An expanded pilot program that brought kids' shopping carts to dozens of Target stores didn't last very long.

The Minneapolis-based retailer pulled the plug on the test earlier this week, just a few weeks into it, after receiving an earful of complaints as customers vented on social media about bruised ankles and shins and the difficulty of managing their children who often got carried away with the carts. They described shopping cart collisions and meltdowns that resulted from parents not wanting to buy all of the items they put in the carts. Those without children also expressed displeasure at the traffic jams in the aisles.

"At Target, our guests are at the center of everything we do, and we value their feedback," said Kristy Welker, a Target spokeswoman. "We briefly tested kiddie carts at 72 Target stores, and after reviewing guest and stores feedback, we have made the decision to stop the test."

She noted that some customers liked the carts. But the company heard more negative than positive comments. She added that employees weren't thrilled by them either, complaining the carts took up a lot of space and cluttered the front of the store.

This is not the first time that Target has changed course after hearing negative feedback through social media and other channels.

Last year, it took down the gender-based signs in its toy aisles after a cacophony of anger sparked by one mother's tweet showing a sign in a Target store that delineated between girls' and boys' building blocks.

Target had been testing the little shopping carts in 10 stores for more than a year. In late August, the company expanded the pilot to 72 stores — 50 in Minnesota and 22 in New York.

Similar carts can be found in some grocery stores like Trader Joe's. They seemed like a strategic fit with Target's core customers — parents with young children.

But Target is also a very large store with lots of temptations such as toys and has more runway for kids to explore — and to pick up a lot of velocity.

The controversy over the carts received more attention after a Minneapolis mommy blogger wrote a humorous post about them last week at her blog Laughing Without Limits. Laura Rinas wrote that she was going to start a tongue-in-cheek movement called "Moms Against Stupid Tiny Carts," or MASTC.

She recounted a recent shopping trip in which the small carts — or "vehicles of mass destruction" as she described them — transformed what was usually a "magical" shopping experience for her at Target into a bit of a nightmare.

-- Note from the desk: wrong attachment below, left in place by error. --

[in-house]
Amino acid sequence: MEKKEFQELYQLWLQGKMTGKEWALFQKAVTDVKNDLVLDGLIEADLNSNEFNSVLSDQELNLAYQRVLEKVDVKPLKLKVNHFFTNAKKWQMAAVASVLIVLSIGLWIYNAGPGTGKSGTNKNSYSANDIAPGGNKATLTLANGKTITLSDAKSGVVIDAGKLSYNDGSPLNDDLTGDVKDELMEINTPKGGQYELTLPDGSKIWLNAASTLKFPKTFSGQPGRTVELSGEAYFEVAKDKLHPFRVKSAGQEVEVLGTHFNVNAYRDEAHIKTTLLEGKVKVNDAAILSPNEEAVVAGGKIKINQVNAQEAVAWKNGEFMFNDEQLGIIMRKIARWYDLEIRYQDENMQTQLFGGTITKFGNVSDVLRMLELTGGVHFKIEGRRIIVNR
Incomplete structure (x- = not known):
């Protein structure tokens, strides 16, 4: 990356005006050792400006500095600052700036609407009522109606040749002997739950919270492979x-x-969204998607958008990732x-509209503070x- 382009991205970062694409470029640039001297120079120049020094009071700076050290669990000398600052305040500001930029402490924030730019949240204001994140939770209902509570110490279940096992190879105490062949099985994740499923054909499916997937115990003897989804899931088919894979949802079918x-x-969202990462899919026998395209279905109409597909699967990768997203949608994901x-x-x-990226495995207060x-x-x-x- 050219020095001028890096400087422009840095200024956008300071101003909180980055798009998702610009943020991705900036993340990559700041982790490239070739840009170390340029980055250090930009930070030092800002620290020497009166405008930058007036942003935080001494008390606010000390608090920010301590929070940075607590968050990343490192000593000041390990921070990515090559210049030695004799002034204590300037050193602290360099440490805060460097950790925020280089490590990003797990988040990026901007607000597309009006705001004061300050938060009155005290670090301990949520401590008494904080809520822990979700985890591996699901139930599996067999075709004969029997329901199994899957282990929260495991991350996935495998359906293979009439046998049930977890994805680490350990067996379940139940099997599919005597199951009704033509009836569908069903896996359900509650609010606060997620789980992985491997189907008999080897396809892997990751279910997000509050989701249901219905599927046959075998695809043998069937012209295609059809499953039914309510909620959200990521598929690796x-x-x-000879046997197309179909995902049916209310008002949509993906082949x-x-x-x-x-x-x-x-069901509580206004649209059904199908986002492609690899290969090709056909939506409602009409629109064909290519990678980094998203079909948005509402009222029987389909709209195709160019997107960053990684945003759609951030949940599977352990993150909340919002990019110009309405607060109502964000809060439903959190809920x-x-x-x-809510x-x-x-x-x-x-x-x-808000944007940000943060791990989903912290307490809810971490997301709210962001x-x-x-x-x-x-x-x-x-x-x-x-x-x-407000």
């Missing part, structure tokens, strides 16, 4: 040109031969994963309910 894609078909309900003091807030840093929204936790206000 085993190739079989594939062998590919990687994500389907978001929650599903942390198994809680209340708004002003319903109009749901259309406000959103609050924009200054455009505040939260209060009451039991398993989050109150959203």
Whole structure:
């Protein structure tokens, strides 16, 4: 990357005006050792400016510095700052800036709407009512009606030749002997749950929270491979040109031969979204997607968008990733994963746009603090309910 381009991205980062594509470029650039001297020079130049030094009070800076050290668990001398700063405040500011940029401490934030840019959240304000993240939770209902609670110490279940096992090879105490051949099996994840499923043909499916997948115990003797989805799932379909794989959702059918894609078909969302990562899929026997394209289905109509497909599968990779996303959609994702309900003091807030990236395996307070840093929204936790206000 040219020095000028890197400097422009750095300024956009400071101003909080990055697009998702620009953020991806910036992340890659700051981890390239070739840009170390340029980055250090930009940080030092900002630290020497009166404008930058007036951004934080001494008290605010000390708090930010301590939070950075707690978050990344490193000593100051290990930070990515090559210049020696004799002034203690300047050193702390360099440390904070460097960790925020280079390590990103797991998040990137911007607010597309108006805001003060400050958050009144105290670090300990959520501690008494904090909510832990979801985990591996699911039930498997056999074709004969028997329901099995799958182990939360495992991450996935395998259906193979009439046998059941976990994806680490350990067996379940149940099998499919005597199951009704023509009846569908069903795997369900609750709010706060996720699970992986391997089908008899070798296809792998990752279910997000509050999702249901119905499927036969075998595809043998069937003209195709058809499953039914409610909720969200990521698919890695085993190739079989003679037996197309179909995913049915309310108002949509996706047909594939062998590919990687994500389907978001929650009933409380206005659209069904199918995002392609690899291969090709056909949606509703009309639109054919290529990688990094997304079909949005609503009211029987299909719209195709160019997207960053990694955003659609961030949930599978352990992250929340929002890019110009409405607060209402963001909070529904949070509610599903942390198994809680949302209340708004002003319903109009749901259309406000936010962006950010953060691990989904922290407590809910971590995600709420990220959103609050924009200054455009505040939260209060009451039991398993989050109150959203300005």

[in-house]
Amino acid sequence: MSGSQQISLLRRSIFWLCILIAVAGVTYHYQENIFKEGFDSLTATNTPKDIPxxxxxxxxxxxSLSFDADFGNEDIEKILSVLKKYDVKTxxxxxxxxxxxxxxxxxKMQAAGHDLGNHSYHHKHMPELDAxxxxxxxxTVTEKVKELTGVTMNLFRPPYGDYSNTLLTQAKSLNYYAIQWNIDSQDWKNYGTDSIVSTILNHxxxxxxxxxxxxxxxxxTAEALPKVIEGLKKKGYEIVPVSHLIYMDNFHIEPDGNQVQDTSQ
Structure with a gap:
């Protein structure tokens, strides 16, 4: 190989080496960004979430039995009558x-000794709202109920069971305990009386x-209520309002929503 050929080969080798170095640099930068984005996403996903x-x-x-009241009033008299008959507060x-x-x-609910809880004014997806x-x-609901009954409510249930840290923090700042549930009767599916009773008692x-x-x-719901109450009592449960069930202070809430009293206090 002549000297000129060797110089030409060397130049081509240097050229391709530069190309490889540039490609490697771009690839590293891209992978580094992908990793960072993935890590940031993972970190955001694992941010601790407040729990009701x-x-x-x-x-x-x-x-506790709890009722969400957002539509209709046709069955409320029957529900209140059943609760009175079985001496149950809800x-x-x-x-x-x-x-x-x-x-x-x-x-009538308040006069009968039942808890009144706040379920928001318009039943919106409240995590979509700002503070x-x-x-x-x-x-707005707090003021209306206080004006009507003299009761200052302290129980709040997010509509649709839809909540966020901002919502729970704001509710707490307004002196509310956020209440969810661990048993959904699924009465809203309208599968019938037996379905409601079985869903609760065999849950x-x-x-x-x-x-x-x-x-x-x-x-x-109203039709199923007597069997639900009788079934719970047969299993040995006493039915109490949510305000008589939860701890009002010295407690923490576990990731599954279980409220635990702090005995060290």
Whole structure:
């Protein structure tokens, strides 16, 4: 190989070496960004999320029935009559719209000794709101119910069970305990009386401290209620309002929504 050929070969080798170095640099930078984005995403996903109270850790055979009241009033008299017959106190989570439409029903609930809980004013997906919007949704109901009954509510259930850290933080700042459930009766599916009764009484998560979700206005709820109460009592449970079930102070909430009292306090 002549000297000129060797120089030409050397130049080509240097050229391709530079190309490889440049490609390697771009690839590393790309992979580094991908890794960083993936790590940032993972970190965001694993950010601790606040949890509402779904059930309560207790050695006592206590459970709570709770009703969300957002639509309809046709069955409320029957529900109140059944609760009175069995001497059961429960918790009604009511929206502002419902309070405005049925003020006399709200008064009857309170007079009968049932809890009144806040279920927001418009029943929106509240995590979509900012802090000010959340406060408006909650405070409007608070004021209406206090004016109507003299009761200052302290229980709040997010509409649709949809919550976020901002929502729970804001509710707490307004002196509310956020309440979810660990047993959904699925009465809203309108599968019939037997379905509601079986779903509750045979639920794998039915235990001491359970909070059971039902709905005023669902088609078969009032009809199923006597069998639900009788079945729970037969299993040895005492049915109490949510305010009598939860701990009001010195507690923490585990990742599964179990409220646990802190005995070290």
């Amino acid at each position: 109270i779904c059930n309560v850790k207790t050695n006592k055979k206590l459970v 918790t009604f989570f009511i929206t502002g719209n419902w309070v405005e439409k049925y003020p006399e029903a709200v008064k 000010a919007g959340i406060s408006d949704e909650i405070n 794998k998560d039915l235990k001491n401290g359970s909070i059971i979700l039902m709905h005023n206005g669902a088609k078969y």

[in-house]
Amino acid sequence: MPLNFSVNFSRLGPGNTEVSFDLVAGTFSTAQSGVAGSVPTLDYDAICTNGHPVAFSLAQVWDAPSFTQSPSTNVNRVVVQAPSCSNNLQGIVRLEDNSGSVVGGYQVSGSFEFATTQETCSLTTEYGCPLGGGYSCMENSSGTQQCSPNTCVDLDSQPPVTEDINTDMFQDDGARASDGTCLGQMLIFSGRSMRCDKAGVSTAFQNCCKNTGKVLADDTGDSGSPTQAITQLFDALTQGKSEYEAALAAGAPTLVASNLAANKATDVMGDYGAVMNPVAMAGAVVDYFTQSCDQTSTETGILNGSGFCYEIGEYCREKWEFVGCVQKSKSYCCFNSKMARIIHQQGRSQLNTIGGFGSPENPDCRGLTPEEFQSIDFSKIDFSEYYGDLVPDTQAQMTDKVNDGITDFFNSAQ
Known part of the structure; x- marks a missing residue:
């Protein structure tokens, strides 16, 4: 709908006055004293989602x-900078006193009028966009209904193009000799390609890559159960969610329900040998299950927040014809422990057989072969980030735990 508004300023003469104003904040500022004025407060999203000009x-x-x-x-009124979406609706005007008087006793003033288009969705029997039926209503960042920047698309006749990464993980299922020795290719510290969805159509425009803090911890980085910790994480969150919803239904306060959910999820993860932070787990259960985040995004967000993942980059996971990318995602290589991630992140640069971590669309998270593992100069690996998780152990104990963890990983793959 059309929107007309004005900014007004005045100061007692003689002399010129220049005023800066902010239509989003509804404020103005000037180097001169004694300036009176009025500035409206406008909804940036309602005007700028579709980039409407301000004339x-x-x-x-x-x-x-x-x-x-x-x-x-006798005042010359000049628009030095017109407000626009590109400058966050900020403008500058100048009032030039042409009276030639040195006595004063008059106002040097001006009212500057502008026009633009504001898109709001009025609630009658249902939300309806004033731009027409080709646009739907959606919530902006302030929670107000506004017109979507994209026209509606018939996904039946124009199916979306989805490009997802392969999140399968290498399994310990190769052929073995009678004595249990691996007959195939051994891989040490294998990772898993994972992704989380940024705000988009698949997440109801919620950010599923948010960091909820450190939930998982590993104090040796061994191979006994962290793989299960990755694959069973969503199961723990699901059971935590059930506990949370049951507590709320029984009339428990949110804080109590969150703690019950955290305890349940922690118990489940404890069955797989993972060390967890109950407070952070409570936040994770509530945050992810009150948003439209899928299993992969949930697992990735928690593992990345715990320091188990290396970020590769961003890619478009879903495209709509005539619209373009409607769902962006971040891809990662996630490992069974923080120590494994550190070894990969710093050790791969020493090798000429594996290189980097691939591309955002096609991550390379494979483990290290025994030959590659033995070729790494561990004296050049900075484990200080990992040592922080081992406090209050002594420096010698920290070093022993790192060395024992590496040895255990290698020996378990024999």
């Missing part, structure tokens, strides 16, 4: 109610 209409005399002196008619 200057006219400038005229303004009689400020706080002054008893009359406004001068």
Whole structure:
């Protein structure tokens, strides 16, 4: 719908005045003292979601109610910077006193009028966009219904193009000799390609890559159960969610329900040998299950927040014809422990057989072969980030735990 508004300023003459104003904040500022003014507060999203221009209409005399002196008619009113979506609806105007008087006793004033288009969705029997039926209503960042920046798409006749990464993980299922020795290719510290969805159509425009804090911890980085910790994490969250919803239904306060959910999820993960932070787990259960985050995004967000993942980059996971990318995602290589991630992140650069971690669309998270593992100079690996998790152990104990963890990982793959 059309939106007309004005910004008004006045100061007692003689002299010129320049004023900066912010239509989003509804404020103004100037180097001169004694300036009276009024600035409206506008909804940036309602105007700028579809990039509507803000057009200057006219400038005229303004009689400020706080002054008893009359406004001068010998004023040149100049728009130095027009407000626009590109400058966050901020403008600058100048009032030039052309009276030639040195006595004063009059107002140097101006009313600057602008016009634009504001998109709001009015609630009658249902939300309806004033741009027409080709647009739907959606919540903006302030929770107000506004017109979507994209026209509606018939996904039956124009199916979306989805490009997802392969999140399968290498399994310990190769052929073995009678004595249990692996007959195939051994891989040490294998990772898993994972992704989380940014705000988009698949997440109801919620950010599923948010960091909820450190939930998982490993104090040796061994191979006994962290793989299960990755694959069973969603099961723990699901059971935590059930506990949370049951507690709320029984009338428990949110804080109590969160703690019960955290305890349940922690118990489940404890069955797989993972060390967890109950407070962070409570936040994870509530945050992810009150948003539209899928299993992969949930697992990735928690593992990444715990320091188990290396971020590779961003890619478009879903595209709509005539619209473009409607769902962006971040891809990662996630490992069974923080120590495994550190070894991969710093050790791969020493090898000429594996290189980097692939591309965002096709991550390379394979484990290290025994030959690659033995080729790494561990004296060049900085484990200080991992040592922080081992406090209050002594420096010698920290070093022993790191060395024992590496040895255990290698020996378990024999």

She said she normally puts her son in the adult-sized cart and gives him a drink and an iPad to keep him busy while she leisurely walks the aisles. But on a recent visit, she let him try out one of those little carts.

"There was 10 whole seconds where I thought that that MIGHT have been the cutest thing I have ever seen," she wrote.

Then her son started putting everything from the dollar section into his cart. And then he started amusing himself by pushing the cart and letting it fly, sometimes crashing it into other carts.

She saw another frenzied family yelling after and chasing a son, who was also pushing around one of the carts. He was "escaping down the candy aisle, his little flag the only thing you could see. The only thing I can compare it to is that scene in Jurassic Park (I have no idea which one) where the raptors are coming in through the long grass, and all you can see are their tails, but you know it means DOOM IS UPON THEM."

Rinas launched her blog in July and it had been read by only a few dozen family and friends up until that point. But within days the post about the carts went viral, racking up more than 230,000 views and inspiring a spirited debate on the topic.

When Target removed the carts from stores earlier this week, some were sad to see them go.

"My girls BEG me to take them shopping at @Target so they can 'shop' like mom with their own cart … and now the carts are gone. #targetfail," one mom tweeted, posting a picture of her young daughter hoisting a huge loaf of bread into a small shopping cart.

Some parents said they would bring their own small shopping carts to entertain their children if Target wouldn't provide them anymore.

Rinas, the mommy blogger, acknowledged that some people really loved the carts. But she thinks it was a smart business move for Target to remove them because they made parents feel more rushed to finish their shopping, meaning they wouldn't buy as many things.

"Would I have been OK had the tiny carts stayed there? Absolutely," she wrote in an e-mail. "But my throw pillow and coffee mug collections would have definitely stopped growing."

So what will become of those decommissioned tiny carts? They are now sitting idle the backrooms of stores while Target figures out what to do with them.

Here's a look at how the issue has played out in the Twittersphere. To be sure, there were some that liked the carts and have been sad to see them go:

But the anti crowd was much bigger. And louder:

This little video summed it up best:

Kavita Kumar • 612-673-4113